Acting on a signal from Fred Milton, Alexandra Raines had joined the table. Milton did not introduce her to Joe Mudge, or to Mudge's wife, for that matter. Instead, Milton pulled his chair closer to the table and moved his plate out of the way to signal that he had no intention of eating. The battle had been joined.
"Now Joe," Milton said, releasing a deep sucking gust of air, "looks to me like we've got Moseley family body parts scattered across the better part of Middle Tennessee. Stress Free's stock landed just north of 8. I've never seen a move like that in my life. Devastating, I have to confess."
"Don't ya love that Death Spiral Preferred, Fred?" Mudge said. The wolf smile glistened. "My goodness. Only thing that stopped it was the darn clock."
"Yes, and time doesn't stand still, does it, Joe."
"Nope, it sure don't. If it did, I'd be 15 and still filling gas tanks."
Milton paused a second. "You still think about those times, Joe?"
"Ain't a day goes by I don't, Fred. You can take the boy out of the garage, but you can't take the garage out of the boy." Mudge's wolf smile vanished. He fumbled with the clasp on his gold watch. He could think of nothing to do but speak.
"You scratch me, Milton, and I bleed engine oil. You know that. I'm a guy who gave up biting my fingernails cuz they was so black and I got sick at how they tasted. I never wore anything but a set of coveralls every day, 365 days a year, the whole time I was growing up. I'll be honest, I can still fix a car better than most fellas. You're looking at who I am. I don't run from it."
Mudge turned and handled his watch, leaving the silence at the table to be filled by Dave Dubinsky and his banjo onstage. His "jewgrass" had only picked up speed and savagery with each slug of alcohol, his damp fake rabbinical curls lashing his cheek. He was just ending a version of "Rocky Top" that employed whole verses of "If I Were a Rich Man" when he took another swig from his bottle. Dubinsky leaned over to the microphone.
"GUY HAS A CAR ACCIDENT. JEWISH GUY. SHORTLY LITTLE BYSTANDER TAKES HIS JACKET OFF AND PUTS IT UNDER THE HEBE'S HEAD. 'ARE YOU COMFORTABLE?' THE BYSTANDER ASKS. THE JEW SAYS, 'YEAH, I MAKE A GOOD LIVING.'"
Nobody laughed except Mrs. Joe Mudge, who briefly diverted her attention from her platter of beef. Kind of like old Hee Haw routines, she marveled, only Jewish. Now she could see the woman who had been at the table earlierSmathers, wasn't that her name?waving at the banjo player to leave the stage. Apparently his time to quit playing had come, but he was refusing to step down. Some people just don't know when to leave, she thought. She resumed masticating her meat.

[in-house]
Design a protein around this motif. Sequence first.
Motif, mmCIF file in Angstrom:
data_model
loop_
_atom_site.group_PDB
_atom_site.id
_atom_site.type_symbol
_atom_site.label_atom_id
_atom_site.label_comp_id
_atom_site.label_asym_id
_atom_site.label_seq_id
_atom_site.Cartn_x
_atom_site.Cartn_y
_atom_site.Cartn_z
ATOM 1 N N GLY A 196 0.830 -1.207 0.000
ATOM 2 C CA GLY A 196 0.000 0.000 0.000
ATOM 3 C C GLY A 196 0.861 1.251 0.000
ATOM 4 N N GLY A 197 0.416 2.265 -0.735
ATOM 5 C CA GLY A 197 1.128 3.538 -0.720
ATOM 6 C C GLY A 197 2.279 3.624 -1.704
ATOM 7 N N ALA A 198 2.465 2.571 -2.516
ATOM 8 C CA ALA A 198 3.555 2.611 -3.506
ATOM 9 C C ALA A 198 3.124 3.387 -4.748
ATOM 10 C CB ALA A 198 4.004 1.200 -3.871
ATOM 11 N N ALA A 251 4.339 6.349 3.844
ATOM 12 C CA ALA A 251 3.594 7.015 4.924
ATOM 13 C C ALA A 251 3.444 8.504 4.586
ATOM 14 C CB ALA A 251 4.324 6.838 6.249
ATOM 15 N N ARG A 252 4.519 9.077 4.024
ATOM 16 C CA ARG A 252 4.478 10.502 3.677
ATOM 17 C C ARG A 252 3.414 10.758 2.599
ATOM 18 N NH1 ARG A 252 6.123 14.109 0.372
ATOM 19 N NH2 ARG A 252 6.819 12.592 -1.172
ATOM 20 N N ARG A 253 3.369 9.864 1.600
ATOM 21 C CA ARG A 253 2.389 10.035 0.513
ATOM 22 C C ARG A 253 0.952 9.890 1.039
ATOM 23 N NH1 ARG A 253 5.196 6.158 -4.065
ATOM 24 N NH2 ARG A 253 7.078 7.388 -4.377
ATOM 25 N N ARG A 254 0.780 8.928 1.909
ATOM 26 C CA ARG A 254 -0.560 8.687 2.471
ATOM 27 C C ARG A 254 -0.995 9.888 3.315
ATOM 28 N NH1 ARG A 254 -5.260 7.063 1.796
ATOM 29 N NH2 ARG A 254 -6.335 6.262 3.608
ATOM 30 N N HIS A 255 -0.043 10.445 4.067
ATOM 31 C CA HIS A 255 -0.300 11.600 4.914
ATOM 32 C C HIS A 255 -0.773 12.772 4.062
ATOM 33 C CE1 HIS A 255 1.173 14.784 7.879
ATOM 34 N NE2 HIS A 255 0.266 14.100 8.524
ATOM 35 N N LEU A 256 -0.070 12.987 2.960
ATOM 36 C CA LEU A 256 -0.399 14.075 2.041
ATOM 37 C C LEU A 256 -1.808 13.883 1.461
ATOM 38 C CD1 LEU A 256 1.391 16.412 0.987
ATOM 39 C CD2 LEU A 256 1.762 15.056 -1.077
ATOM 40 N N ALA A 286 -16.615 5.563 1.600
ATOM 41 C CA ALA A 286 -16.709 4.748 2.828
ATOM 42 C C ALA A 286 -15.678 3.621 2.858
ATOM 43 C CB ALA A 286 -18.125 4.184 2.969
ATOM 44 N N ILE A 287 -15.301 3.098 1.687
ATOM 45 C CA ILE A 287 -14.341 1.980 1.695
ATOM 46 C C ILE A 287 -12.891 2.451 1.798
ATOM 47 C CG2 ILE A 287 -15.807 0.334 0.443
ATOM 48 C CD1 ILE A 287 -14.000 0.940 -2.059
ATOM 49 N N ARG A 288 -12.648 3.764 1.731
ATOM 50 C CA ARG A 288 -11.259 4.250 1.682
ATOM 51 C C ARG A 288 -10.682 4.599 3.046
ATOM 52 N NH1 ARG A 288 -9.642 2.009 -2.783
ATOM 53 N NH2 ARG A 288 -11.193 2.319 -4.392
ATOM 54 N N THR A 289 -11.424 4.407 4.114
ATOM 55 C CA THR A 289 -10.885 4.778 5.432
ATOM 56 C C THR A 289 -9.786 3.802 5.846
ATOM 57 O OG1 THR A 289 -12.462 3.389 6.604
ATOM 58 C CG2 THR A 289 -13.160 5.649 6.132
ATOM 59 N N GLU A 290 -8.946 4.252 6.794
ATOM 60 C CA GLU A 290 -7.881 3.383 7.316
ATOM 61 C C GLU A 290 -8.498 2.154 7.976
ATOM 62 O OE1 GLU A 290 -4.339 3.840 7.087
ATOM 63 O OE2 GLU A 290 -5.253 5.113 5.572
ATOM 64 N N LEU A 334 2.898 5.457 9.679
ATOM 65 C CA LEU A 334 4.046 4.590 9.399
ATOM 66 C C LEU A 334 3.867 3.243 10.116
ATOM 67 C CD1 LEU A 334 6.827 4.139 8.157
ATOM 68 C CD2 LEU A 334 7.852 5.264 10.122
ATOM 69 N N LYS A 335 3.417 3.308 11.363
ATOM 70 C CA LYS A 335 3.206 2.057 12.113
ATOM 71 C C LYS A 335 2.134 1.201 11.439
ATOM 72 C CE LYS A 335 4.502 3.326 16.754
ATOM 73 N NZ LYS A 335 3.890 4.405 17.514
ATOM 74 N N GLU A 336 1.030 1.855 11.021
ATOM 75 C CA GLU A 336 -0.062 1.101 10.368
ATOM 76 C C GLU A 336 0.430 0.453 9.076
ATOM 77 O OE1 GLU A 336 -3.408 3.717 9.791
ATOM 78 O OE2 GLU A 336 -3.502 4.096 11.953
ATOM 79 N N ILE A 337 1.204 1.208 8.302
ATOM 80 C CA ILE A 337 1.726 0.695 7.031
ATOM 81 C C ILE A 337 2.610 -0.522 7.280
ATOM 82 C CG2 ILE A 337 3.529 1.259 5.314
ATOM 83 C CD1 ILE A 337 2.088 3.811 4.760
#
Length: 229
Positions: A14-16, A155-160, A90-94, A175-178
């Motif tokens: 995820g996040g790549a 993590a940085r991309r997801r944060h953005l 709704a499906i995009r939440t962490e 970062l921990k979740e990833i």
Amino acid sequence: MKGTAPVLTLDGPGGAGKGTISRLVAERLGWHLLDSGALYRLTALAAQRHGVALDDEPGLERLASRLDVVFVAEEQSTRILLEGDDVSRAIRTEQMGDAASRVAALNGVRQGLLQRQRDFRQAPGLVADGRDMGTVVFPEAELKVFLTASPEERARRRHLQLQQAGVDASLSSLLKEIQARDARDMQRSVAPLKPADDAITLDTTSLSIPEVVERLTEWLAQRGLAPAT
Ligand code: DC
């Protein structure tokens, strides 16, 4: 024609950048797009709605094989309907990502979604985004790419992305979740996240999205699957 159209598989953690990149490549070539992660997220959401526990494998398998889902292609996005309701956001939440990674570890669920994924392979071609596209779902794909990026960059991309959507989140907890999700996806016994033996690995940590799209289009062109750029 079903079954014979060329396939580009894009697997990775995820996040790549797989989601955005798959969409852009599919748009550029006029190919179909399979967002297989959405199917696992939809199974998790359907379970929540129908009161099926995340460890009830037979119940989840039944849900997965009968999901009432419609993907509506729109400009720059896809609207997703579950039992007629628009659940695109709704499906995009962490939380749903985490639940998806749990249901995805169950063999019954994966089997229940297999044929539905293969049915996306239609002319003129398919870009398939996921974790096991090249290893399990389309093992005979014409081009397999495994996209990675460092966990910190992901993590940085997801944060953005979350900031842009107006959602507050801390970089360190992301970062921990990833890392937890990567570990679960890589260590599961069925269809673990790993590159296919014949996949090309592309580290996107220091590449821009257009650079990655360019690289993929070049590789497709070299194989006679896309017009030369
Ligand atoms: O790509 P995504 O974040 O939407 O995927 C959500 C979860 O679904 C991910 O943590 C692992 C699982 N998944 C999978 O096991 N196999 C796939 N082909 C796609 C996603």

"You know, Joe," Fred Milton said, "we've all paid our prices somehow, some way, haven't we?" The wolf smile was long gone.
"Who's 'we,' Fred?" Mudge said. "You wanta talk about paying the price? Here you been to Vanderbilt, something I ain't never done. Here you get all the words right, and I know I never will. Here you belong to all the right clubs and groups and organizations, and ain't nobody asking me to join 'em unless they need a handout. You wanta talk about paying the price? Why don't you ask your little black attorney about paying the price, or ask me about paying the price. But don't suppose for a second that you done paid the price."
Taking a cool sip of his iced tea, Mudge paused to see if he'd managed to get to Alexandra Raines a bit, to sway her over to his side. All was fair in negotiationrules of engagement, and all that. But Alexandra sat unfazed, and so did Milton. He knew Mudge had to let off some steam, and the truth was, Milton couldn't blame him. The old Nashville, the one ruled in secret by a principled elite, the one that changed only when it was impossible not to change, the one held together by manners and breeding and civility, was fading. The old social order had eroded badly in the last decade. Graying heads in the room stood out like the last flecks of unmelted snow. One day Fred Milton would look around, and all he'd see was a roomful of Joe Mudges and their bovine wives. One day, all too soon, he wouldn't be there to look around.
"What do you want out of this, Joe Mudge?" Milton asked.